PGA Tour players travel back in time


AVONDALE, La. – A century ago, the grounds of TPC Louisiana were likely an alligator-infested swamp. On this day, however, it was site to a celebration of an era long passed.

Seven PGA Tour players – Luke Donald, Graeme McDowell, Rickie Fowler, Justin Rose, Camilo Villegas, Keegan Bradley and Ben Crane – gathered together for an authentic reenactment of a three-hole exhibition from 1912.

Dressed in garb reminiscent of turn-of-the-century golfers, the seven were supplied with a small set of hickory-shafted clubs to get around the stretch of TPC Louisiana shortened to accommodate golf's equivalent of the quill.

About 150 people followed the sevensome, behaving like crowds must have at the showdowns of Ouimet, Vardon, Braid and others. They walked the fairways, lined the holes, and a misbehaving young boy was playing in a bunker with a rake (not furrowed), while the players enjoyed themselves.

The first hole, however, was a collective struggle. Only Villegas made it look easy, converting with a fairway and a green in regulation for an easy par.

Villegas tipped his cap after his approach, saying, 'That was a smashie niblick.' Translation: he hit whatever club that the cheat sheat tethered to the players' bags suggested.

Two others made par – Keegan Bradley from behind the green and Ben Crane out of a greenside bunker.

'That's the spoon there,' Crane exclaimed.

Luke Donald found his tee shot near the adjacent driving range on the first hole, but at the second, hit a perfect drive and an early 20th century flop shot to hole out for eagle. Immediately, Donald transported himself to the 2011 Masters with a fist pump mirroring his last shot that year at Augusta National.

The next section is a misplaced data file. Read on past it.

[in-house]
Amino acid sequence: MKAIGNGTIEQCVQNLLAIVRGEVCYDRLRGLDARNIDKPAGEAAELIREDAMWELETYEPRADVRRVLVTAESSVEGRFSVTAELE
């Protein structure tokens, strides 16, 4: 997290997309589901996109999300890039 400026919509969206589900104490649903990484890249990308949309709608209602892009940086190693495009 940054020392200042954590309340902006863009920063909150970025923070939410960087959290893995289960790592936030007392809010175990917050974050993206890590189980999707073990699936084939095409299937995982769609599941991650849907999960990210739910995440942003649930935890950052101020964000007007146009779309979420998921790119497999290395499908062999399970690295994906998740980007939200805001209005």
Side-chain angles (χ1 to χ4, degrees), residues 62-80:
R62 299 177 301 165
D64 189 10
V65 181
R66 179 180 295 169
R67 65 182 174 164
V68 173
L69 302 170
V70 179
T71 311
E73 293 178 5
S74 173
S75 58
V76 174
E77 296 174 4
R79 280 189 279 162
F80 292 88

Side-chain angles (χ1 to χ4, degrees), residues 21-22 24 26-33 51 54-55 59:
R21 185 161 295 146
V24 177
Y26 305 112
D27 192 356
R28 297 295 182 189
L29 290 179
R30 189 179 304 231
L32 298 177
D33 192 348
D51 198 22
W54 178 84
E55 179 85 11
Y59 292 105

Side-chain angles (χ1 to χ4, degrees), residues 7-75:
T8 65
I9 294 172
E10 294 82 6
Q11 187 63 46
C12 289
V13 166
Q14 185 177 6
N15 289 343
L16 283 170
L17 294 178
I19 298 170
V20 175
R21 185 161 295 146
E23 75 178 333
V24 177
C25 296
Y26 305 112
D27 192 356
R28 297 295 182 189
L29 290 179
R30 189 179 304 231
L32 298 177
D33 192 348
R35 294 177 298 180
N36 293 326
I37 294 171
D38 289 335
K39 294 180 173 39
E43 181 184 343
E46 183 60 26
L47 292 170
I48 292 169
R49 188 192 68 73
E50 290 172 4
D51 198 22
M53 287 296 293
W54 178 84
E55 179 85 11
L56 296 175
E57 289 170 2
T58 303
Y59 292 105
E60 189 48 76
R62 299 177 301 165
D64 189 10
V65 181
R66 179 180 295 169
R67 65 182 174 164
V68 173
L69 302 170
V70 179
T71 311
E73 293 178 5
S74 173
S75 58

'One hundred years ago, and nothing changes,' Graeme McDowell said. 'Luke Donald. Wedge.'

Donald retorted, 'That was pretty good. I'm thinking about putting that in the bag.'

Northwestern golf coach and Donald's swing coach Patrick Goss was on hand and worked with the world No. 2 to change his compact swing to work with the new sticks.

'Get long and then cock your wrist,' Goss explained, marveling at the change in technique over 100 years.

With the lead on the final hole – TPC Louisiana's par-3 ninth – Villegas stalled on the tee. He struggled with which club to hit. At this point, the seven players were passing around their own clubs like a game of Old Maid.

They collectively settled on the mashie niblick. McDowell stuck it close. Crane went closer, to 15 feet.

McDowell whispered to Crane, somewhat fascinated of the translation to modern equipment, 'Feels like a 9-iron, maybe a wedge.'

As they approached the green, Rose, who dunked his tee shot into the water, took his place along emcee Gary Williams like Gene Sarazen from 'Shell's Wonderful World of Golf.'

'This is like the FedEx Cup,' Rose joked as Crane sank his birdie to tie Villegas.

Perhaps contrived, sure, but the brief exhibition showed a time warp only proved to liven up the game - with one exception.

'The shirt was really tight,' said Fowler. 'Maybe with a shirt I could swing with, I'd have played a little better.'